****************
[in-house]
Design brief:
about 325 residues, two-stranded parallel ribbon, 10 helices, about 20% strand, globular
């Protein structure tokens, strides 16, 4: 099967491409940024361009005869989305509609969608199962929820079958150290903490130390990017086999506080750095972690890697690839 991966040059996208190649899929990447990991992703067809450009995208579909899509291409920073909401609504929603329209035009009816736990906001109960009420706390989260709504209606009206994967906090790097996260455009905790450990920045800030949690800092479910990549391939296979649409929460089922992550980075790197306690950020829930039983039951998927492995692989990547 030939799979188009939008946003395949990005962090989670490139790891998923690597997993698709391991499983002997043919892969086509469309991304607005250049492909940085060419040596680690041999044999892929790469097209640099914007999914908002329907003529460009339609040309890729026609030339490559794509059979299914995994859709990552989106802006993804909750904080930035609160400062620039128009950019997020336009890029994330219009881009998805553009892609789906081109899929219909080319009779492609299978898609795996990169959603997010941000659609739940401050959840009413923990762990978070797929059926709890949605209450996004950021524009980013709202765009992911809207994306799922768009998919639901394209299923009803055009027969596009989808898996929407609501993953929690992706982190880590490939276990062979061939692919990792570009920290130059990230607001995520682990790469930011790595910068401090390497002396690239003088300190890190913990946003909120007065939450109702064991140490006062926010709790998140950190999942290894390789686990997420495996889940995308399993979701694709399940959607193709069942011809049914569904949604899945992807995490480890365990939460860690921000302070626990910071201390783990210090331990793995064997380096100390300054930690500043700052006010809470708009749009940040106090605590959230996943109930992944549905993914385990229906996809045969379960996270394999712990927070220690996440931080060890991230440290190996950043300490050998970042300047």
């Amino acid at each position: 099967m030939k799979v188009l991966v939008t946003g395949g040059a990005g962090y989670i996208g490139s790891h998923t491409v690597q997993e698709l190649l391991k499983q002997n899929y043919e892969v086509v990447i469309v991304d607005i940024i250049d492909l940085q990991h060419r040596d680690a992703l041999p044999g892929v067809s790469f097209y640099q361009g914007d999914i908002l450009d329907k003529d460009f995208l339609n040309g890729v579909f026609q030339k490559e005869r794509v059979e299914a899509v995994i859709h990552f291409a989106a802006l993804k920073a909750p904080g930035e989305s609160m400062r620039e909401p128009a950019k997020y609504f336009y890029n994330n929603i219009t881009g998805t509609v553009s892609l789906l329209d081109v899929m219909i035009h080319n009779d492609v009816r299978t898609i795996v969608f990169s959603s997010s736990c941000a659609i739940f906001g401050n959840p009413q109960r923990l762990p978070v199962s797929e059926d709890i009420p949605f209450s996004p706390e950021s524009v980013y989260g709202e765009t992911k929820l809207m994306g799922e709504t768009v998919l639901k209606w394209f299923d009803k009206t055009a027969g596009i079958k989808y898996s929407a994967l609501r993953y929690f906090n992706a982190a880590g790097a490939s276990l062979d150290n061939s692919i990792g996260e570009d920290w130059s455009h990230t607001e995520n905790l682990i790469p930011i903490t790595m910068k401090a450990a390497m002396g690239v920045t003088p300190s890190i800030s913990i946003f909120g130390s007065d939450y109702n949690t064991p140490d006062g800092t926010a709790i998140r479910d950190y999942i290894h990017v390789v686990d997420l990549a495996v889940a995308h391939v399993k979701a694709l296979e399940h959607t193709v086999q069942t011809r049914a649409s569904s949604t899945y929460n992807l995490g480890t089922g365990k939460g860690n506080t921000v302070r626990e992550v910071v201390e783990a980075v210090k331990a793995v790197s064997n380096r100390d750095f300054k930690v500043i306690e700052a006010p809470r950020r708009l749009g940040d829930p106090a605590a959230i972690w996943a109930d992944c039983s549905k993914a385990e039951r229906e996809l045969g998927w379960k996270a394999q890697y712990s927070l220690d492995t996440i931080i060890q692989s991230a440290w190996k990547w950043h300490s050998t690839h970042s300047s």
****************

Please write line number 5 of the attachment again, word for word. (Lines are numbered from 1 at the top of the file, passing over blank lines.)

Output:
């Amino acid at each position: 099967m030939k799979v188009l991966v939008t946003g395949g040059a990005g962090y989670i996208g490139s790891h998923t491409v690597q997993e698709l190649l391991k499983q002997n899929y043919e892969v086509v990447i469309v991304d607005i940024i250049d492909l940085q990991h060419r040596d680690a992703l041999p044999g892929v067809s790469f097209y640099q361009g914007d999914i908002l450009d329907k003529d460009f995208l339609n040309g890729v579909f026609q030339k490559e005869r794509v059979e299914a899509v995994i859709h990552f291409a989106a802006l993804k920073a909750p904080g930035e989305s609160m400062r620039e909401p128009a950019k997020y609504f336009y890029n994330n929603i219009t881009g998805t509609v553009s892609l789906l329209d081109v899929m219909i035009h080319n009779d492609v009816r299978t898609i795996v969608f990169s959603s997010s736990c941000a659609i739940f906001g401050n959840p009413q109960r923990l762990p978070v199962s797929e059926d709890i009420p949605f209450s996004p706390e950021s524009v980013y989260g709202e765009t992911k929820l809207m994306g799922e709504t768009v998919l639901k209606w394209f299923d009803k009206t055009a027969g596009i079958k989808y898996s929407a994967l609501r993953y929690f906090n992706a982190a880590g790097a490939s276990l062979d150290n061939s692919i990792g996260e570009d920290w130059s455009h990230t607001e995520n905790l682990i790469p930011i903490t790595m910068k401090a450990a390497m002396g690239v920045t003088p300190s890190i800030s913990i946003f909120g130390s007065d939450y109702n949690t064991p140490d006062g800092t926010a709790i998140r479910d950190y999942i290894h990017v390789v686990d997420l990549a495996v889940a995308h391939v399993k979701a694709l296979e399940h959607t193709v086999q069942t011809r049914a649409s569904s949604t899945y929460n992807l995490g480890t089922g365990k939460g860690n506080t921000v302070r626990e992550v910071v201390e783990a980075v210090k331990a793995v790197s064997n380096r100390d750095f300054k930690v500043i306690e700052a006010p809470r950020r708009l749009g940040d829930p106090a605590a959230i972690w996943a109930d992944c039983s549905k993914a385990e039951r229906e996809l045969g998927w379960k996270a394999q890697y712990s927070l220690d492995t996440i931080i060890q692989s991230a440290w190996k990547w950043h300490s050998t690839h970042s300047s």